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important.
In a similar way the different schools of family therapy tend to focus on rather different aspects of family
life, and involve rather different analyses into subsystems. Consequently they will ask different questions
and get different answers. If questions are asked about the family life of parents when they were children,
then the answers will reveal patterns involving three generations: the subsystems of the family will be
seen to include the behaviour and personality of the grandparents as they were when their children were
young. A psychoanalytical approach might see rather different subsystems of the members of the
families involved, perhaps with a strong emphasis on the sexual aspects of relationships, Oedipal
responses and so on. If, at another extreme, the questions are kept very much to the here-and-now in
terms of what reaction there is to any action, as in a behavioral approach, there is going to be
comparatively little attention to any history, or any internal ideas or feelings of the individuals involved,
and the systems that will be featured in the analysis will be rather simple reactive ones. A
communications-based therapy will similarly involve asking questions about the ways in which the
communication of one individual is affected by the communication of another, and will derive systems
based on the types of communication which are being studied.
Family therapy is not an exact science. There is no reason to suppose that one form of analysis is always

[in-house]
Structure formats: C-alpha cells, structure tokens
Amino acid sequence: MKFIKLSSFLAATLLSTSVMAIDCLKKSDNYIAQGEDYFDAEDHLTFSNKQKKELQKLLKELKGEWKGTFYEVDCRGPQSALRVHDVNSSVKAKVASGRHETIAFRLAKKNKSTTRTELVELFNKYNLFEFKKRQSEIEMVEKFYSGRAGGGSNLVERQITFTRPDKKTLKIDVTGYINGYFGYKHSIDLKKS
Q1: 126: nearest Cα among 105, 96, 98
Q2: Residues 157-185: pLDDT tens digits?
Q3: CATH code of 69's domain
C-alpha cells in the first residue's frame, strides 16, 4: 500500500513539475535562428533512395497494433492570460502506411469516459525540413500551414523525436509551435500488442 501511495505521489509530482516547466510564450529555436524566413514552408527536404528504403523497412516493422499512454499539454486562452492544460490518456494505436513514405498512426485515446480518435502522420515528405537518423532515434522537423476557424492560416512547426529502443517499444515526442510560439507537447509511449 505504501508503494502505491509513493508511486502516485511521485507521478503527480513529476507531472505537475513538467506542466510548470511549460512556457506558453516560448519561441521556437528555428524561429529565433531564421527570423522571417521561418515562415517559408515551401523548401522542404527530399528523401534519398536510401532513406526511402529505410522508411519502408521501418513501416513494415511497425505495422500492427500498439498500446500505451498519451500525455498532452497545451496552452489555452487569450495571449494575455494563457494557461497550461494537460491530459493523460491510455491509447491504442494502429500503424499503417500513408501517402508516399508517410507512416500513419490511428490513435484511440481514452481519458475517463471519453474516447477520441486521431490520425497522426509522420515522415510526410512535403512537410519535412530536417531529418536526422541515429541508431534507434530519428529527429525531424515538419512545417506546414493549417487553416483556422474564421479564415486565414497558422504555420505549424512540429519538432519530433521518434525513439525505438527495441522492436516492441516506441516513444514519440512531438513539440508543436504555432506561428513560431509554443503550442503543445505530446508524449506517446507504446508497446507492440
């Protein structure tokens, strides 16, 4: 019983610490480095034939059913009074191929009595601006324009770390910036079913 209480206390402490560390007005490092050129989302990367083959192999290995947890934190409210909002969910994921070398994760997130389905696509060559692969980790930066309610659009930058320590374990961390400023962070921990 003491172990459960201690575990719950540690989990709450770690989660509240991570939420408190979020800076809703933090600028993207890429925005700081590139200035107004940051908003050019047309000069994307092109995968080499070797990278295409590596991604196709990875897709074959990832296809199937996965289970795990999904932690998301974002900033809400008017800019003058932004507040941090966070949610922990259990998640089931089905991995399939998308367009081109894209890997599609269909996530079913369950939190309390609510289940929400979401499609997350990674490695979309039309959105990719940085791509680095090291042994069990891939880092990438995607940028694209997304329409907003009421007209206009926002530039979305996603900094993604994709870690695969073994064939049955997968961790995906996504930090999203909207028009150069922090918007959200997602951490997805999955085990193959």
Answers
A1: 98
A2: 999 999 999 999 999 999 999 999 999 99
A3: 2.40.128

better than another. Looking at the situation from the outside, it would seem most probable that for a
particular case of a "problem" in a particular family one form of analysis might be the most appropriate,
but that each approach will have value in some cases. In an ideal world the therapist would be familiar
with all possible forms of analysis into subsystems and, as a result of a diagnostic process, determine
which is the most useful in a particular case. Such an approach would be "holistic" in the sense used
above: of being able to recognise and take account of any systems, of whatever nature, that are involved.
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Principles of Hypnosis (20). Familly therapy from perspective of systems and hypnosis
In practice a similar pattern can be seen within Hypnotherapy, though there has been little attempt to
classify the different approaches as methodically as has been done for family or psychotherapy. The
rough classification of Chapter 4 will, however, give an idea of the way in which different theorists have
focused their attention on different systems as being the central one in Hypnosis, which is analogous to
the way in which different schools of family therapy focus on a different central feature of family
dynamics. Such an approach differentiates one approach from another. The whole theme of this book is
quite the opposite: it is integrative in that it shows up what is common in all approaches. There is
something of value to be learned from each approach to Hypnosis, but none is a complete theory of the
subject.
One of the greatest advantages that the "hard" sciences have over the "soft" ones is their common
language, derived from a particularly fruitful and precise shorthand called mathematics, which integrates
them and shows what they have in common. Each speciality is differentiated by its raw material, but
united with the others by the common discipline which forces it to write down its findings in the most
simple and compact way in the common language.
It is this goal which is the guiding principle of this book. The author would like to be able to read case
reports on family therapy in which the systems assumed to be important and the dynamics thereof were
made explicit and written down compactly. If several different therapists looked at the same case, the
different diagnoses could be written in a similar language and compared and contrasted with comparative
ease. At present since each field tends to use its own specialised vocabulary, such comparisons become [ Pobierz całość w formacie PDF ]